Wärtsilä Ship Power Business Makes Cuts

Friday, May 15, 2009

On May 14 the Ship Power business of Wärtsilä Corporation initiated formal process to realign its organization and resources to adjust to the substantially weakened global marine market situation. Negotiations will affect all of Wärtsilä Ship Power’s personnel in all functions globally. The number of jobs to be reduced is 400-450, of which approximately 80 are in Finland.

In taking these measures, Wärtsilä is looking for annual savings of approximately $40.6m. The effect of the savings will start to materialize gradually from the second part of 2009, and will take full effect by the end of 2010.

“The situation in the shipping industry has changed dramatically during the past six months, and we have taken all possible measures to avoid job cuts,” said Jaakko Eskola, Group Vice President, Ship Power.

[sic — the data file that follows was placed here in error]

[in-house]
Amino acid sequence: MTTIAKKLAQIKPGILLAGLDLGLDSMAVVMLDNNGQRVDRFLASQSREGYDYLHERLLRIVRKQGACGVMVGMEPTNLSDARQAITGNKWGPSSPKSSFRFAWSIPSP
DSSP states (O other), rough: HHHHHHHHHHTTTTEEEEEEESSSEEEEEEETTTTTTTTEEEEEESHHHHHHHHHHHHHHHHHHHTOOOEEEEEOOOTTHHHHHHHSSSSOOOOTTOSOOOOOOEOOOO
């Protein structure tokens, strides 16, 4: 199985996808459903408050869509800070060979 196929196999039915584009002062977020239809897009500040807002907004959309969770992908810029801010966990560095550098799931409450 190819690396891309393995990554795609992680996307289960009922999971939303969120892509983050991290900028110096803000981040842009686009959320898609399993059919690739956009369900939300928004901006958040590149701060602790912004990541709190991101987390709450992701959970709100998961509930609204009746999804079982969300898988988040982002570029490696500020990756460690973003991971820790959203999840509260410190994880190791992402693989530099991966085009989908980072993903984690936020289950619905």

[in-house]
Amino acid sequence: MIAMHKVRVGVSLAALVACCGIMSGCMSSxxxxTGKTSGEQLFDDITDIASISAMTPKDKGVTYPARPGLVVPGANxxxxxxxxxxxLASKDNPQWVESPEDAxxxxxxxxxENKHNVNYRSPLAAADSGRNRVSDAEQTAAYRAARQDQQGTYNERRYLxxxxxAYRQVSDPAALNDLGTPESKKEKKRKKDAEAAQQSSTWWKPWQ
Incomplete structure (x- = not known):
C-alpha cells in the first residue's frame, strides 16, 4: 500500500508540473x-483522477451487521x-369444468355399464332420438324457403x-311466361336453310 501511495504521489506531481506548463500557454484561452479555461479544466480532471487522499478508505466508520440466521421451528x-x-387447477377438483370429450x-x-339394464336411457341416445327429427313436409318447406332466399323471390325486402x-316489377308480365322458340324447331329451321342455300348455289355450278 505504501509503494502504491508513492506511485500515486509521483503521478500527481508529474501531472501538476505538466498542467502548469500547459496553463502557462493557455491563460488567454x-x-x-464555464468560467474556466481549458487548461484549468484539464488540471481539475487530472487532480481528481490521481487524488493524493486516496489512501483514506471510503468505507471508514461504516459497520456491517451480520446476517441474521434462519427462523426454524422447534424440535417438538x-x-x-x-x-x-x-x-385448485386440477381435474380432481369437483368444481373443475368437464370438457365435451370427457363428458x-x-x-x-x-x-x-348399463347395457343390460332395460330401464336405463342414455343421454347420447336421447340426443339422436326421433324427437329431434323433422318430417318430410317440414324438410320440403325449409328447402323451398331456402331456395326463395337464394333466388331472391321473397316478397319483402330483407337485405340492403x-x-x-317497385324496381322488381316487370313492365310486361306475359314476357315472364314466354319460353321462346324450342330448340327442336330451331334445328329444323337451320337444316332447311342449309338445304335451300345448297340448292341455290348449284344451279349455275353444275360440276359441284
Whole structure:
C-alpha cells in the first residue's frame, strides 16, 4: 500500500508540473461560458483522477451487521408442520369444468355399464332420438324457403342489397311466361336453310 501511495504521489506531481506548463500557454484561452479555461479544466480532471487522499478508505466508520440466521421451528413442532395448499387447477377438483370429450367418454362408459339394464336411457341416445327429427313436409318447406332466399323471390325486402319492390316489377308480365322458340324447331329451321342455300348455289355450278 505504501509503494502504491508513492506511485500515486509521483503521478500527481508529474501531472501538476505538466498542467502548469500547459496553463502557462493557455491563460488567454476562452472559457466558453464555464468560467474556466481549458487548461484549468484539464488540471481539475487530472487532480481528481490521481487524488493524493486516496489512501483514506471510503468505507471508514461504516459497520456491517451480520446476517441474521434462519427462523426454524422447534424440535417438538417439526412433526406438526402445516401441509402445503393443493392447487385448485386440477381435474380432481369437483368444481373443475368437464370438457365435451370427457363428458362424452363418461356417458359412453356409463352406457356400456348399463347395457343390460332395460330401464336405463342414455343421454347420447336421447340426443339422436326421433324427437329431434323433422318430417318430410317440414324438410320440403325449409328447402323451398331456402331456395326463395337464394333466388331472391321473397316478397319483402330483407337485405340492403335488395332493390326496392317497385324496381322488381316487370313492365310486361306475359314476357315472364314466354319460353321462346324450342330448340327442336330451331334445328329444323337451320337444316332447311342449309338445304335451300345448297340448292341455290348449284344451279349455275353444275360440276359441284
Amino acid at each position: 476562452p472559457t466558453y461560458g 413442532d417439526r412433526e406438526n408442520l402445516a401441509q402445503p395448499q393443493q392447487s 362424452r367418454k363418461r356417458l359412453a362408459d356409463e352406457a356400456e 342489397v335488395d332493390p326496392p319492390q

“As the market outlook continues to be very challenging, we must find cost-saving measures that ensure the Ship Power organization’s ability to maintain its competitiveness and efficiency, while at the same time, not jeopardizing customer commitments, ” Eskola continued.

Due to the global economic crisis, the shipping industry and shipbuilding markets have collapsed after a long period of high demand. In the period January-April 2009, the order intake of Ship Power plunged to $182.7m, a drop of 86% compared to the corresponding period a year earlier. There is overcapacity in all major vessel segments. In addition to lowered demand, there are risks related to delivery of existing orders as well as order postponements.

Wärtsilä sees a potential risk of Ship Power order cancellations amounting to approximately $1,353.3m. During the period January-April 2009, cancellations of $101.5m materialized and were deducted from the order book.

Through the personnel negotiations, Wärtsilä aims to adjust its Ship Power business to respond to the needs of its customer segments. The effect of these adjustments on different personnel groups will be specified as the negotiations proceed.

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